BWW Reviews: Ludwig's Gender-Bending LEADING LADIES Opens Lipscomb Theatre's New Season
Ken Ludwig may very well be the master farceur among contemporary working playwrights, with his light-hearted comedies among the favorites of theater companies and their audiences all over the world. Thanks to his skillful ability to craft comedies with a heart brimming over with reckless abandon, Ludwig is the go-to playwright for rollicking onstage fun.
Lipscomb University Theatre brings Nashville audiences the never-before-seen-locally Leading Ladies, a gender-bending take-off that pays homage to Shakespeare's own gender-bending Twelfth Night, for the opening production of its 2011-12 season. Directed by Robyn Berg and featuring a focused cast of Lipscomb's most capable theatre students, Leading Ladies is onstage at the Shamblin Theatre through October 2, taking audiences on a raucous, riotous and nostalgic trip to a small town in Pennsylvania, circa 1952.
With gorgeous costumes designed by June Kingsbury, and the outstanding lighting design of David Hardy (who also does the scenic design, which is quite good, even if lacking in the details that would push it over the top to match the hilarious hijinks of the script), Leading Ladies further boasts a tremendous musical score that perfectly captures the tone of the early '50s era of pseudo-sophistication among the provincial (and which helped mask the overly long scene transitions on opening night). From the earliest moments, Berg and her creative team make certain that audience members are transported back to this post-World War II era of changing tastes, developing social mores and evolving popular culture (exemplified by the transition from Dior's New-Look dresses to the slimmer feminine silhouette that followed).
Ludwig's finest works (Lend Me A Tenor, Crazy For You and Moon Over Buffalo) have all benefitted from his knowledge of these earlier eras and his attention to detail ensures that his plays are free of the anachronistic fluorishes that could so easily mar the proceedings. While Lend Me A Tenor very clearly shows Ludwig at his creative zenith - his subsequent comedies pale in comparison to that inspired script - he demonstrates his command of the language of the worlds in which he sets his plays in order to write characters who are believable despite the rather unbelievable situations in which they find themselves. Ludwig's love of the theater and of actors is apparent throughout his cleverly written script for Leading Ladies, which is filled with memorable gems that will gladden the heart of any would-be thespian.
In Leading Ladies, Ludwig introduces us to Leo Clark and Jack Gable (played by Sawyer Wallace and Caleb Pritchett) - a pair of once-successful Shakespearean actors now on the skids - during a performance at the Moose Lodge in Shrewsbury, Pennsylvania, where they must contend with a disinterested herd of Moose who would rather be pigging out at the buffet across the hall. When Leo and Jack read about a dying matriarch in nearby York, searching for her two long-lost heirs (who happen to be English), the two down-on-their-luck actors hatch a plot to impersonate them and get their greedy and needy hands on the woman's fortune.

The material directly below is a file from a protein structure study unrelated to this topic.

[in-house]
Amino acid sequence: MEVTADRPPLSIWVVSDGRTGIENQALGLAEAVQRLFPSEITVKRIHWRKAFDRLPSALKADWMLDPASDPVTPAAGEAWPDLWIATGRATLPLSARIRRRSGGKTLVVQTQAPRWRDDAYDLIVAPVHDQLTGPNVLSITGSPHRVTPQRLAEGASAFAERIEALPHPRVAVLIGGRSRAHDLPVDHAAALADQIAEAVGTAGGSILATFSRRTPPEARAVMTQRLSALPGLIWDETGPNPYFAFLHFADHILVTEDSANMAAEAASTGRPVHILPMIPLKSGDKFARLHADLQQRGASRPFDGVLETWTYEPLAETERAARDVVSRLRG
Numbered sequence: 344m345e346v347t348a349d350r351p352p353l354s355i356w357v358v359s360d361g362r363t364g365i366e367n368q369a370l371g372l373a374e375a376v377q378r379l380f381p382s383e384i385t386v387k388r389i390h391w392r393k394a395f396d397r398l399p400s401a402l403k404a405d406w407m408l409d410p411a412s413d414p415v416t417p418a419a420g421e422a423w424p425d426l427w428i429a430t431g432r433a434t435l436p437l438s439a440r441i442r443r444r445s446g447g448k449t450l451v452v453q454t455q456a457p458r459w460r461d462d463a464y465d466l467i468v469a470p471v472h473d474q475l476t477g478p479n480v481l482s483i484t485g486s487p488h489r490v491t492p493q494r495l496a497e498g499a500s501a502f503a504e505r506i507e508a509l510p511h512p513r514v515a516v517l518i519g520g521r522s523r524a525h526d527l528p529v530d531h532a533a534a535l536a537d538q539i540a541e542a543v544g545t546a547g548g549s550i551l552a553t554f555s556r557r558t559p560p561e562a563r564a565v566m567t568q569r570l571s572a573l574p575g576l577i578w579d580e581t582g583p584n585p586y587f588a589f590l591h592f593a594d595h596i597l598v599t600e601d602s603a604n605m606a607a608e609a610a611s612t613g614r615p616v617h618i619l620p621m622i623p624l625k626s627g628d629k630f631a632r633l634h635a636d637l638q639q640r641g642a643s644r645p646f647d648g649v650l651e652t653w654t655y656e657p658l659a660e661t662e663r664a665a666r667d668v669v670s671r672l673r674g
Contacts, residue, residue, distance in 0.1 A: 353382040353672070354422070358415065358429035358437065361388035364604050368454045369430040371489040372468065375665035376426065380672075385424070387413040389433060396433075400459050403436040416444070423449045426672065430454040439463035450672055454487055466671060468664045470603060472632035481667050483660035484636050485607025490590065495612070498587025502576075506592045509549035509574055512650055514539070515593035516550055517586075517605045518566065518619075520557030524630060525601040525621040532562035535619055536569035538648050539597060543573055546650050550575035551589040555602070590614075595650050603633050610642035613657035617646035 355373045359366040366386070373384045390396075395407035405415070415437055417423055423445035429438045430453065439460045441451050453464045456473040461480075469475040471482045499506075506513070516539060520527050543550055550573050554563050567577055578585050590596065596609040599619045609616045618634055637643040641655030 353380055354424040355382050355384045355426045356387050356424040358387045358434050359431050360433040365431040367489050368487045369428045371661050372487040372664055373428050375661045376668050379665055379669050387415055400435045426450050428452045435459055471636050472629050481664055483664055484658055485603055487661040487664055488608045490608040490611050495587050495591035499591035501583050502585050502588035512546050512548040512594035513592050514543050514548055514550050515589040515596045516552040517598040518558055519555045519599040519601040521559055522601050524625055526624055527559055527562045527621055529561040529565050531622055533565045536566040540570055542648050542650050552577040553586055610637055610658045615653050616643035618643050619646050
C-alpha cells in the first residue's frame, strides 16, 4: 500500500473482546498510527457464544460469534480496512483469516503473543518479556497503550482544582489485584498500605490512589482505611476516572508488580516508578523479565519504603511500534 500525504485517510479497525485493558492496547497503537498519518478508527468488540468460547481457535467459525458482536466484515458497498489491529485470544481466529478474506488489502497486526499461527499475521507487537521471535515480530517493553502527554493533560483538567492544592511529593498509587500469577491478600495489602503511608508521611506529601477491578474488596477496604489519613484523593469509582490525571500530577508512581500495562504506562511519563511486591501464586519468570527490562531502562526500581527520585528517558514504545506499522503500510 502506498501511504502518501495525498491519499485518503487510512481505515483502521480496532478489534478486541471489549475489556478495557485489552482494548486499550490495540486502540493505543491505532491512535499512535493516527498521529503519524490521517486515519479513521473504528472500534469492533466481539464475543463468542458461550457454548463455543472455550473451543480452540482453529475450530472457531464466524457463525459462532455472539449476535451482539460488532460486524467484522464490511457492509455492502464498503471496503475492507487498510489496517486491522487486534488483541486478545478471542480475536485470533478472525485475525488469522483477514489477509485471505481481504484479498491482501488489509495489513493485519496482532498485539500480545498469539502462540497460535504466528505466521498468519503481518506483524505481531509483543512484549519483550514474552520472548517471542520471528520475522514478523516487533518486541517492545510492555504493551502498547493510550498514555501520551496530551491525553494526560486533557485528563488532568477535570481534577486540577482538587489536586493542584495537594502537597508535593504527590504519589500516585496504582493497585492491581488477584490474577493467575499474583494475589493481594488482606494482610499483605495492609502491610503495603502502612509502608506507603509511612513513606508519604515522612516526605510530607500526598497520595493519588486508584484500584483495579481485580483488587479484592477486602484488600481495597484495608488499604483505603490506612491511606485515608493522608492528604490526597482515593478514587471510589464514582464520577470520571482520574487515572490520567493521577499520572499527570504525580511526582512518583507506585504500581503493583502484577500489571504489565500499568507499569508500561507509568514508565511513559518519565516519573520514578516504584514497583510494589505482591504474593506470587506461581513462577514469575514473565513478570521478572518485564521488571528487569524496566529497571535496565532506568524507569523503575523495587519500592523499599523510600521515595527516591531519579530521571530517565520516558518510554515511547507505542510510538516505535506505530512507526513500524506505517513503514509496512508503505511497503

Of course, initially it sounds like a fool-proof plan (note to self: scan the newspaper obituaries more closely in the future), but this is farce, so Ludwig has a few tricks up his sleeve, which you can rest assured will result in over-the-top comic mishaps and misfires. In short, Leo and Jack discover that the heirs are actually "heiresses" and so, armed with a suitcase full of enough theatrical costumes to outfit a small repertory company, the two men become Maxine and Stephanie and set their nefarious plot into motion.
Certainly, their hastily conceived plan hits a few snags along the way, not the least of which involves Leo/Maxine falling madly in love with Meg, the remaining heiress to the dying woman's fortune, and Jack/Stephanie's miraculous recovery from a lifetime of being unable to speak (and Jack's own romantic complications that involve half the cast).
To say that the plot is convoluted is a gross understatement, but since this is farce what else can you expect? There are plenty of doors to be slammed on Hardy's bi-level set, a spacious stage upon which zany chases are sure to ensue and enough requisite mistaken identities to keep the audience completely engaged, their laughter filling the theatre long past the final curtain.
Berg's cast of student actors bring Ludwig's script to life with their sharply focused portrayals and the director's deft hand can be detected throughout the various performances that never go over the top, although they oftentimes veer dangerously close to the edge. The playwright throws his own suitcase full of comic possibilities onto the stage - there's a wedding to stop, a production of Twelfth Night to mount - but Berg and company are up to their task, delivering a sparkling comedy (despite a few opening night miscues) in the process.